While byproducts of the cannabis plant like tetrahydrocannabinol (THC) and cannabidiol (CBD) have had reasonably widespread exposure in our country, there are other compounds—known as cannabinoids—that have yet to receive the same level of fanfare. With cannabis producing over 100 cannabinoids, it’s no surprise that not every compound is a household name.
However, cannabigerol (CBG) is one of those that should be on your radar. Why? CBG offers many of the same benefits as CBD, and when used in tandem with its fellow cannabinoid, can provide a heightened level of benefit.
Though it gets overshadowed by CBD, the truth is that there wouldn’t be CBD without CBG. That’s because CBG is essentially the stem cell or “chemical parent” that produces CBD, among other cannabinoids. The process is somewhat complicated, and without getting too deep into the science behind it, here’s a brief bulleted summary:
It’s important to add that one trait CBG shares with CBD is that it is non-psychoactive. Unlike THC, those who use CBG (or CBD, for that matter) won’t receive a mind-altering high—in fact, it’s one of the benefits that users most appreciate about the experience.
Because it’s not as prevalent within cannabis plants or as widely used commercially as CBD, the full breadth of CBG’s benefits is still a bit of a mystery. However, there have been studies that illustrate the good it provides users closely mimics that of CBD.
For instance, there are indications that CBG can fight inflammation in the body. Though one particular clinical study used mice as part of its experiment, research related to CBG’s impact on inflammatory bowel disease (IBD) found the non-psychotropic compound diminished inflammatory markers in the test subjects. Authors of the study even suggested that further testing on humans who suffer from IBD would be a worthwhile exercise.
According to the Arthritis Foundation, conservative estimates peg the number of adults with a doctor-diagnosed case of arthritis at 54 million. In most cases, chronic inflammation is what causes arthritis, so you can imagine the impact CBG could have on one of the most rampant conditions in the country.
For daily use, CBG can regulate normal functions like appetite, sleep, and memory, and aid in clearing up skin conditions like psoriasis. Like other cannabinoids, CBG is also antibacterial and antifungal and can relieve pain and anxiety.
When shopping for CBG, you’ll see that the products come in delivery mechanisms that are very similar to that of CBD. Consumers can commonly find oil tinctures and crystals that are pure CBG online or in specialty shops, along with isolate that can be used as a dab. The effects of CBG get enhanced when used in concert with CBD or other cannabinoids, a sensation known as the “entourage effect.”
CBG is absolutely safe for people of all ages—and pets—to use. As mentioned, one of the most significant benefits is that it does not include THC, which means there’s no risk of getting high from using CBG-infused products. Research into its use is still relatively nascent, but what researchers have produced has all been positive. Some have even suggested that it might be more effective at treating pain than both CBD and THC.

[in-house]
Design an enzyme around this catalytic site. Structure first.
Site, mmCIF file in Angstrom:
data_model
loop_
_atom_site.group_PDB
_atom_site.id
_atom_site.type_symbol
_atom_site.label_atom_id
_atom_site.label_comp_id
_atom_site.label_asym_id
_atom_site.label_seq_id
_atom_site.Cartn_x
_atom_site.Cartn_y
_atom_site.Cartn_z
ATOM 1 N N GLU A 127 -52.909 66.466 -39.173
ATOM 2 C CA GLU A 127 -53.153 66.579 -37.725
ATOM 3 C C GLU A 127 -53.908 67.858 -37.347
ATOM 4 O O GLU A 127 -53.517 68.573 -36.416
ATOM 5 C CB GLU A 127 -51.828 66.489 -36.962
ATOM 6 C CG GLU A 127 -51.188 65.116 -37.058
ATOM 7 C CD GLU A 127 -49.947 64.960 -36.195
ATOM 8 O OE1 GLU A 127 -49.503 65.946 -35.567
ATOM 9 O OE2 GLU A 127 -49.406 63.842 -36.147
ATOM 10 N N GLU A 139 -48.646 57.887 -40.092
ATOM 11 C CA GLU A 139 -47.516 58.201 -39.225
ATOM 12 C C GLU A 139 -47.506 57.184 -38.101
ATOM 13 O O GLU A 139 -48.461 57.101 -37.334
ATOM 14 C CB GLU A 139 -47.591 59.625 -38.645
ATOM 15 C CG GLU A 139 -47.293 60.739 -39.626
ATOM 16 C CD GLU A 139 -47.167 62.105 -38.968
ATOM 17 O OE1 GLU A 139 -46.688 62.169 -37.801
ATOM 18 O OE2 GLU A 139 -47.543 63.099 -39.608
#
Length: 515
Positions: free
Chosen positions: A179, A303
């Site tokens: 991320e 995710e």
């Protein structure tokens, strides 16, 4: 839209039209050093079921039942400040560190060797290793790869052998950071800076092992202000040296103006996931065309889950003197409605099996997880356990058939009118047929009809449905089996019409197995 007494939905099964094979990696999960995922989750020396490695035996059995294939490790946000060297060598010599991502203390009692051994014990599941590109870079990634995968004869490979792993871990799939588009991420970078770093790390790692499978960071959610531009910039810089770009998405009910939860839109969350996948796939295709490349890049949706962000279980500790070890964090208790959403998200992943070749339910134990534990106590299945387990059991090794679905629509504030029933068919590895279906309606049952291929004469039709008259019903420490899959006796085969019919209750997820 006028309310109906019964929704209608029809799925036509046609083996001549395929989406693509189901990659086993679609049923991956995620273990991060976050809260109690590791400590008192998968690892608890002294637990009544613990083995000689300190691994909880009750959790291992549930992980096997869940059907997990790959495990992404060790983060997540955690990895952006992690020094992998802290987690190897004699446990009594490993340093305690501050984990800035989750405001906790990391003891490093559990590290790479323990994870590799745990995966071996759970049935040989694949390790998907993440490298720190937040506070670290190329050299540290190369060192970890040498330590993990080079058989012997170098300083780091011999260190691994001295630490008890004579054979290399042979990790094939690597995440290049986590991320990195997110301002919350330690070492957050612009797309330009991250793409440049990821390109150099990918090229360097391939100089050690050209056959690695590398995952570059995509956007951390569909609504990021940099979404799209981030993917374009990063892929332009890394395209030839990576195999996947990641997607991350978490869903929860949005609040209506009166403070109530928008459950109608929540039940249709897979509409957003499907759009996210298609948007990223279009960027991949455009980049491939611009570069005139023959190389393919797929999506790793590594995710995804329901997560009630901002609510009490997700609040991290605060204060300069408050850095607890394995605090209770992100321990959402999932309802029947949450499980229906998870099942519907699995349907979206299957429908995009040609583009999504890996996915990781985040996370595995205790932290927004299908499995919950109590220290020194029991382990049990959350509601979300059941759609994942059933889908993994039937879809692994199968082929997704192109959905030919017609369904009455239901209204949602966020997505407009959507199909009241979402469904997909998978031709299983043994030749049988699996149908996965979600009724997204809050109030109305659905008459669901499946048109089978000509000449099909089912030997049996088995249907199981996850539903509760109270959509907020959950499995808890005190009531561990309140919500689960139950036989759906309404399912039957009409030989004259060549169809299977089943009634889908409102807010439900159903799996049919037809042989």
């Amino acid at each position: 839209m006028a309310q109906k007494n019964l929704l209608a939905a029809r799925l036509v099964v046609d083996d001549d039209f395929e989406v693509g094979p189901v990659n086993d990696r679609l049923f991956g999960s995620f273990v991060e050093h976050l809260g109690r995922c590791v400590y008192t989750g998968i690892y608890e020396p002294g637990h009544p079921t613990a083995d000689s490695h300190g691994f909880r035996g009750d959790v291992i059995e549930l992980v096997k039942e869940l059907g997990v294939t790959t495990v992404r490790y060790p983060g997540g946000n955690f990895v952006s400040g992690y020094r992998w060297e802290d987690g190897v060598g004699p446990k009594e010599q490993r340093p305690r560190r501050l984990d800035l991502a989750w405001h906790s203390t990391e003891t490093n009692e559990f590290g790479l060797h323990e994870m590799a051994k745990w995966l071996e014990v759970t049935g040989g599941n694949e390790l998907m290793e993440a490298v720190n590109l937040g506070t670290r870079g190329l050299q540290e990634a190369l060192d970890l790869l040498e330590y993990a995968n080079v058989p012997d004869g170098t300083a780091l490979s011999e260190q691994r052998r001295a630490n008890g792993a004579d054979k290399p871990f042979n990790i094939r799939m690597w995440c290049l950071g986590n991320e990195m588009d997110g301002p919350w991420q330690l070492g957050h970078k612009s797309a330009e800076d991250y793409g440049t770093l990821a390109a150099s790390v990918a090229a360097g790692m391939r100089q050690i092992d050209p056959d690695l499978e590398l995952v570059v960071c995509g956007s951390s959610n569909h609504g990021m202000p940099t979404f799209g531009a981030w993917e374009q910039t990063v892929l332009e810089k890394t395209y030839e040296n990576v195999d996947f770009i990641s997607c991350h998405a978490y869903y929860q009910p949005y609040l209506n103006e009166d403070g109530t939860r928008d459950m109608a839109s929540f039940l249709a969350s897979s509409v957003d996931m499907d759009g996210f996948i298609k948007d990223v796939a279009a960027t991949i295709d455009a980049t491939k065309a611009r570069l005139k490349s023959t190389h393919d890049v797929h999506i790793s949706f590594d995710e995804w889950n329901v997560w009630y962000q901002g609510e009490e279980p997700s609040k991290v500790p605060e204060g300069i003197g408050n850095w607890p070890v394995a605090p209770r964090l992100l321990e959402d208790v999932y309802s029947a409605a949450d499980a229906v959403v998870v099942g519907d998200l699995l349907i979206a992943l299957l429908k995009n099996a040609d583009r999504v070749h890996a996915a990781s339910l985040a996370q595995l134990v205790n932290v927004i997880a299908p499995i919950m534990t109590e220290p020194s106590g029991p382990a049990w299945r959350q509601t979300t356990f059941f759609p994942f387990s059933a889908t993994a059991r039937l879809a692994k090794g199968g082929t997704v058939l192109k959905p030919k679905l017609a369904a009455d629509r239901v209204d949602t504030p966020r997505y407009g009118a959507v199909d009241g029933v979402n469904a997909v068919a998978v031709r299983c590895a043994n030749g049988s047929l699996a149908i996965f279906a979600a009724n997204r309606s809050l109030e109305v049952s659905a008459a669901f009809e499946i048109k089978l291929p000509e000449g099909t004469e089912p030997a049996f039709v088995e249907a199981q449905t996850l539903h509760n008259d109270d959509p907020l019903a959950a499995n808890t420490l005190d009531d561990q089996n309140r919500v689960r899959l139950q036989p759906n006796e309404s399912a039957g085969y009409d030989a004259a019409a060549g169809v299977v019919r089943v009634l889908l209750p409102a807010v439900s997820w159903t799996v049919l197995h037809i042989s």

That said, usage should be in moderation and always within safe limits. You would need to ingest an extraordinary amount of CBG to reach an unsafe level, but it’s certainly possible. Similar to the guideline we provide for CBD dosage, we suggest you start slowly and see how your body reacts before increasing the amount.
If you’ve done any research on cannabis, you’re likely familiar with how the endocannabinoid system (ECS) works. As a brief recap, the purpose of our ECS is to regulate how all the other systems in our body perform so that we remain in homeostasis, or the state of stability and optimal functioning.
CBG works by interacting with the cannabinoid receptors (also known as CB1 and CB2), endocannabinoids, and metabolic enzymes that form the ECS. Our cannabinoid receptors play a pivotal role in normalizing physiological processes like our mood, response to pain, and how hungry we are. The intense reaction that occurs when CBG meets these receptors is what produces improvements in our pain levels and disposition.
CBG also increases a naturally occurring cannabinoid in our system called anandamide that helps to regulate functions critical to survival, including sleep and memory.
Like CBD, CBG that falls under the 0.3% threshold for THC is legal to buy and ship in all 50 states and in many countries across the world. While the legality is not in question, you should always be cautious about who you buy your CBG products from.
Always shop with a reputable vendor who can produce lab testing that verifies the safety of the product. Legitimate products should also include a label that details the strength of the included CBG.
CBG has yet to achieve the critical acclaim or star power of CBD, but that’s not to say it doesn’t pack a punch—or that its time isn’t coming. As mentioned, CBG products actually supply much of the same benefits that CBD offers, and they allow you to stack the two cannabinoids together for a more potent concoction.
Though it’s been around since the 1960s, there is still much to learn about this powerful compound. As time goes on, waiting consumers should anticipate more research on the wonders of CBG and the areas where it may provide medicinal value.
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